Tantalus leucocephalus Pennant, 1769, Ceylon. Monotypic.
OTHER COMMON NAMES
English: Painted wood stork, Indian wood ibis; French: Tantale Indien; German: Buntstorch; Spanish: Tбntalo Indio.
Length 3–3.3 ft (93–102 cm), wingspan 4.9–5.2 ft (150–160 cm); 4.4–7.8 lb (2–3.5 kg). Black and white with orange/red face and yellow bill slightly downcurved at the tip.
India and Indochina.
Shallow freshwater lakes, marshes, and flooded fields.
Gregarious. Flies with neck extended and slightly lowered. Generally quiet, but performs “wing-woofing” and bill-clattering during courtship displays.
FEEDING ECOLOGY AND DIET
Mostly fish, but also frogs, small reptiles, and invertebrates. Locates prey by touch, stalking shallow water with an open bill, using feet and wing flaps to disturb prey.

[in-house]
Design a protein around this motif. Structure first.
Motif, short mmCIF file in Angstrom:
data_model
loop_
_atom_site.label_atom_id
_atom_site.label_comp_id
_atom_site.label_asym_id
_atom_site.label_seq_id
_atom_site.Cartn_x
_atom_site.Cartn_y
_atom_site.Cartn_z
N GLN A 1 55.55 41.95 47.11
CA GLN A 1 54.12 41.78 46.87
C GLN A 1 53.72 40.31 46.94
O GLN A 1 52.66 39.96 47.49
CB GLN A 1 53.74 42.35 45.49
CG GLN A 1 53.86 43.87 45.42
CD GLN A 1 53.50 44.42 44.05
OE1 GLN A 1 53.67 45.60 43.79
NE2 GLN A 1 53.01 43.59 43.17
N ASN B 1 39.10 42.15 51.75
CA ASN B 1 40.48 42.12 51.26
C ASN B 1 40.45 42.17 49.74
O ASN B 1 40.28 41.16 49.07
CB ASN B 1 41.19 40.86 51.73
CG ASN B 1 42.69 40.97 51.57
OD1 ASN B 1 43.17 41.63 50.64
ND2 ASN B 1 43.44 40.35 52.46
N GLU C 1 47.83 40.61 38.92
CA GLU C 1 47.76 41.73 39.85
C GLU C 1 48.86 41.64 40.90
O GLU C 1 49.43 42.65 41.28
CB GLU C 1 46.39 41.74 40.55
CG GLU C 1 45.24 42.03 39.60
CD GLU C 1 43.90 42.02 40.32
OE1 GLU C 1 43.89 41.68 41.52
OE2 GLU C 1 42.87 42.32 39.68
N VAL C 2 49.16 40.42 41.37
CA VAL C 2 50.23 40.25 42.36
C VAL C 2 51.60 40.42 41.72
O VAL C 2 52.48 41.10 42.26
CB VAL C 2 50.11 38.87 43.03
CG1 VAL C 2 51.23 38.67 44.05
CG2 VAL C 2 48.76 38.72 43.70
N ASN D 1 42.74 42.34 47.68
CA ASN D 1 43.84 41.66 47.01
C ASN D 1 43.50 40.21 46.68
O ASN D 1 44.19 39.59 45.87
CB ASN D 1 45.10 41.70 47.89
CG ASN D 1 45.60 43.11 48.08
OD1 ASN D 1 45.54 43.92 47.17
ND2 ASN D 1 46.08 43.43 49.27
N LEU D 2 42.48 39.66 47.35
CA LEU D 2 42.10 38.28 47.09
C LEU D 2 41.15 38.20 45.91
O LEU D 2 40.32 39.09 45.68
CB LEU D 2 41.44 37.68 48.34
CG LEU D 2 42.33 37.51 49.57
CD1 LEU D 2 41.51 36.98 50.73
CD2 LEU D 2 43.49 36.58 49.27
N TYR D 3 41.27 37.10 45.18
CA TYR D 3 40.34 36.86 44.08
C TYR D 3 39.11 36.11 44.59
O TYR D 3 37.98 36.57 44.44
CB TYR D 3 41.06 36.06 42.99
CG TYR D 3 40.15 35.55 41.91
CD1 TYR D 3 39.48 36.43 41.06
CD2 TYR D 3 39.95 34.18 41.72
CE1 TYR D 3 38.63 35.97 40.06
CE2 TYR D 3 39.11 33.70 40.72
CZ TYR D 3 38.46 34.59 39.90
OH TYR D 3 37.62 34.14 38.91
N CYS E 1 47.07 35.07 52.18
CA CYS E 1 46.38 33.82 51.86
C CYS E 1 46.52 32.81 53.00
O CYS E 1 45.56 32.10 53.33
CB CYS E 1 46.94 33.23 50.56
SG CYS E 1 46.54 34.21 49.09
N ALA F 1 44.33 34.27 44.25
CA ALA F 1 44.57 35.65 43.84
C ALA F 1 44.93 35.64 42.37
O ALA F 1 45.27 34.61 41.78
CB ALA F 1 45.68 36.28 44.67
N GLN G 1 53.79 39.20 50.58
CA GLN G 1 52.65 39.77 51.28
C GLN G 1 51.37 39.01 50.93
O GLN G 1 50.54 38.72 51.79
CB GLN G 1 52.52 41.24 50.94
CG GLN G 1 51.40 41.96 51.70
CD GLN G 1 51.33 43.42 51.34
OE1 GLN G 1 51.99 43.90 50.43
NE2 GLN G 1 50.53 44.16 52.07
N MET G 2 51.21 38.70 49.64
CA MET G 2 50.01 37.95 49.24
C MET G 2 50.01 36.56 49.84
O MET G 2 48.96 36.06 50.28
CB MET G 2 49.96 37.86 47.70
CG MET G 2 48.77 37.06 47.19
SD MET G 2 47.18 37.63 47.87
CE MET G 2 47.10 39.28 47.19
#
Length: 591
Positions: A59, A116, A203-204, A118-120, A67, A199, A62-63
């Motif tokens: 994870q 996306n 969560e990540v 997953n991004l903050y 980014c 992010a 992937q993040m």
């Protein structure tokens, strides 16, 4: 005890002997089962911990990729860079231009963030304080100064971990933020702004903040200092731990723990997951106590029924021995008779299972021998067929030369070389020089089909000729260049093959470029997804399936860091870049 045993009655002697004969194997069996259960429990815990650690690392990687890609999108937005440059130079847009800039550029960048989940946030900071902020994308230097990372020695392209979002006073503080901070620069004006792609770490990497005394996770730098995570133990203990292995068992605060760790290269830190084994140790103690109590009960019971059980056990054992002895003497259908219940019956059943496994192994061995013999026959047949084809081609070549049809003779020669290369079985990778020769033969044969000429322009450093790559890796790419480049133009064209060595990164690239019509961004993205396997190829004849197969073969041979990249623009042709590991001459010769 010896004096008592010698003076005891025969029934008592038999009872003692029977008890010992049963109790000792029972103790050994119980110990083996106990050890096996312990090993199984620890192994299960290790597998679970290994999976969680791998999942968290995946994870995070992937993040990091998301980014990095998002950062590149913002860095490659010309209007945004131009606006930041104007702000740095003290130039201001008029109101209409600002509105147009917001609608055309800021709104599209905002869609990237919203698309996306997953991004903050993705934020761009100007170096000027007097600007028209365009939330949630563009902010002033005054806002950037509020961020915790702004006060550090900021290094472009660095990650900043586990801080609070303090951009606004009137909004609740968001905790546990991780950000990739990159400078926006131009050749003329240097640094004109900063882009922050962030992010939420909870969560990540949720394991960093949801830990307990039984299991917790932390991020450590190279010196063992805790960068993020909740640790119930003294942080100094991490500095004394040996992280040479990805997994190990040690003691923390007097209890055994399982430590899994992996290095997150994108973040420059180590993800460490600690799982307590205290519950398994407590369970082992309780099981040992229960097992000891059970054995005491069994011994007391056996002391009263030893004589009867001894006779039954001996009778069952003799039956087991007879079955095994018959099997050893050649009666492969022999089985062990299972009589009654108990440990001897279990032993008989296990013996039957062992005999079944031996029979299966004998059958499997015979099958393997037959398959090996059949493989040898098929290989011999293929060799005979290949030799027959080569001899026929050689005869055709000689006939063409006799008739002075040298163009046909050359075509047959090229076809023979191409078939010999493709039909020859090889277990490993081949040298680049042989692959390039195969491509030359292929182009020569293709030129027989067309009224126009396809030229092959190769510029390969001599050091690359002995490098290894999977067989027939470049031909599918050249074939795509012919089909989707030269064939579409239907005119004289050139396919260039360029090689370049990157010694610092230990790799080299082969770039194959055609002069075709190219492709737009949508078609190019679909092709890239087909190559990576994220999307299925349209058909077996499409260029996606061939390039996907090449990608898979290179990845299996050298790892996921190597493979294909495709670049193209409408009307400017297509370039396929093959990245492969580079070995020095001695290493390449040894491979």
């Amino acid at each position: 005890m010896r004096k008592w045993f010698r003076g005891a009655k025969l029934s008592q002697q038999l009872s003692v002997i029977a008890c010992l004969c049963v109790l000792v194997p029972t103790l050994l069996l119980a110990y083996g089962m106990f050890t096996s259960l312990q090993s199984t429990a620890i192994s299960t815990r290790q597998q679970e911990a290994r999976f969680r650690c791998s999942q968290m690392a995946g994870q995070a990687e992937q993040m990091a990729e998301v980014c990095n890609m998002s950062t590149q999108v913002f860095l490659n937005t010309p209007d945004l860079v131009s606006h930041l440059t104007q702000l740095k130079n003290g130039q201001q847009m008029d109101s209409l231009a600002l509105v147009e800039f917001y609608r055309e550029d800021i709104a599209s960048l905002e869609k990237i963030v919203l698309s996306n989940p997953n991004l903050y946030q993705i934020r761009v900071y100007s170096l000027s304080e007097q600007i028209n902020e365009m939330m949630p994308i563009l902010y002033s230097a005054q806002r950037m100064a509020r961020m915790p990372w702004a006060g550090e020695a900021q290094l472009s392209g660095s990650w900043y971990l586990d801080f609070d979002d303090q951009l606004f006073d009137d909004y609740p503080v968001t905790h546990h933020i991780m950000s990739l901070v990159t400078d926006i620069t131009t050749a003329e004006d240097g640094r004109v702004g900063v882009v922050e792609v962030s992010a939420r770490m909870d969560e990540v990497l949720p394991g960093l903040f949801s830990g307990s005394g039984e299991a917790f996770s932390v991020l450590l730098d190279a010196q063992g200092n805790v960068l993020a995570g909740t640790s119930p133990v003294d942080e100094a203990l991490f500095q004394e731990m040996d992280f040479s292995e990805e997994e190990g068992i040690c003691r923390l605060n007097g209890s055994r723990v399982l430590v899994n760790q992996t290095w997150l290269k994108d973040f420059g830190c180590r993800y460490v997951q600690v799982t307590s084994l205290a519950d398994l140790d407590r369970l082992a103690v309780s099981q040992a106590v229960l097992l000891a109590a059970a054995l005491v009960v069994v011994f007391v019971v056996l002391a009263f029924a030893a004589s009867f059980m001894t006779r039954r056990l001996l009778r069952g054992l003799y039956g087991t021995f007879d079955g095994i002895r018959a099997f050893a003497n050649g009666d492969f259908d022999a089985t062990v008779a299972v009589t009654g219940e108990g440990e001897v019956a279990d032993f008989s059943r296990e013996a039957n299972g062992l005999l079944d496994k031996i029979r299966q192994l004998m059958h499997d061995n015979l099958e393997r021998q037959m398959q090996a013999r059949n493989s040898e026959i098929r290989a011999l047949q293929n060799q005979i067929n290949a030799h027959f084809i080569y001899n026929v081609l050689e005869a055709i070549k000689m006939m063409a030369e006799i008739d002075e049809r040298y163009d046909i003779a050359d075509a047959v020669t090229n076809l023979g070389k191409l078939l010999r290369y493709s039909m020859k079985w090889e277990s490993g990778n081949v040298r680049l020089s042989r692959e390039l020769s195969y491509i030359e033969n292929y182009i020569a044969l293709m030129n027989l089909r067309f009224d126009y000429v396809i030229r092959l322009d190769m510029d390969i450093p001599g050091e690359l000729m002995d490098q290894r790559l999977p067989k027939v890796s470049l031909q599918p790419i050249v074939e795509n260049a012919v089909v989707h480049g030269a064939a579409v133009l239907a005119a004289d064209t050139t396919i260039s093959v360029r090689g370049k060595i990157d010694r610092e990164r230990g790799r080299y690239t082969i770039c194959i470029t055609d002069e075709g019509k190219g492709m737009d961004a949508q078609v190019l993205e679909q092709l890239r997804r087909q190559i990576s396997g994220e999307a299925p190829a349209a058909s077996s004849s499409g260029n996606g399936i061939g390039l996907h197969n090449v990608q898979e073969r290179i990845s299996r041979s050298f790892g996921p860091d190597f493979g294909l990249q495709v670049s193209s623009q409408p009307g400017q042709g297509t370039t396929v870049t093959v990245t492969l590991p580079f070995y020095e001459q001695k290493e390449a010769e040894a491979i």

Colonial, up to 100 nests together. Clutch size three to four, incubation 28–32 days, fledging 60 days.
Not threatened. Local declines have occurred though through hunting and capture for zoos.
SIGNIFICANCE TO HUMANS
Popular species whose colonies are actively supported and protected by locals.
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